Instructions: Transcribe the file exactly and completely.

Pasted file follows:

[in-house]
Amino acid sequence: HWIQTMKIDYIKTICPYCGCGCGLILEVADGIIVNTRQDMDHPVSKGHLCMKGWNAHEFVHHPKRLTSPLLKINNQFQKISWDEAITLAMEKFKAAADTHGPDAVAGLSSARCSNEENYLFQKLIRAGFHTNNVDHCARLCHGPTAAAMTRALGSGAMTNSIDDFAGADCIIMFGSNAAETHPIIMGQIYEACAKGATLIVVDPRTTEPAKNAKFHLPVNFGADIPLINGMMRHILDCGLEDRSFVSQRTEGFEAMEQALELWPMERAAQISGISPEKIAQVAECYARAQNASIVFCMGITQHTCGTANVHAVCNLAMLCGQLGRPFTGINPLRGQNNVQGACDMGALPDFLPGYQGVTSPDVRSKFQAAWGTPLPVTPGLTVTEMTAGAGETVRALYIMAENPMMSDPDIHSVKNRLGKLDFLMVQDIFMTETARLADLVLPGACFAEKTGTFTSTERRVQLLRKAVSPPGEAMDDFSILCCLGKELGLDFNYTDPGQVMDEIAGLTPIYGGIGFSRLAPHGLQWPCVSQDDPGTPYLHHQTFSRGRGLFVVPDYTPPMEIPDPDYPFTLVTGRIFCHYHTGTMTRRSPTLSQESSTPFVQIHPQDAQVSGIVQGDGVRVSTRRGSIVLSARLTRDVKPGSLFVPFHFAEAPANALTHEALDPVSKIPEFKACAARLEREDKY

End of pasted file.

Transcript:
[in-house]
Amino acid sequence: HWIQTMKIDYIKTICPYCGCGCGLILEVADGIIVNTRQDMDHPVSKGHLCMKGWNAHEFVHHPKRLTSPLLKINNQFQKISWDEAITLAMEKFKAAADTHGPDAVAGLSSARCSNEENYLFQKLIRAGFHTNNVDHCARLCHGPTAAAMTRALGSGAMTNSIDDFAGADCIIMFGSNAAETHPIIMGQIYEACAKGATLIVVDPRTTEPAKNAKFHLPVNFGADIPLINGMMRHILDCGLEDRSFVSQRTEGFEAMEQALELWPMERAAQISGISPEKIAQVAECYARAQNASIVFCMGITQHTCGTANVHAVCNLAMLCGQLGRPFTGINPLRGQNNVQGACDMGALPDFLPGYQGVTSPDVRSKFQAAWGTPLPVTPGLTVTEMTAGAGETVRALYIMAENPMMSDPDIHSVKNRLGKLDFLMVQDIFMTETARLADLVLPGACFAEKTGTFTSTERRVQLLRKAVSPPGEAMDDFSILCCLGKELGLDFNYTDPGQVMDEIAGLTPIYGGIGFSRLAPHGLQWPCVSQDDPGTPYLHHQTFSRGRGLFVVPDYTPPMEIPDPDYPFTLVTGRIFCHYHTGTMTRRSPTLSQESSTPFVQIHPQDAQVSGIVQGDGVRVSTRRGSIVLSARLTRDVKPGSLFVPFHFAEAPANALTHEALDPVSKIPEFKACAARLEREDKY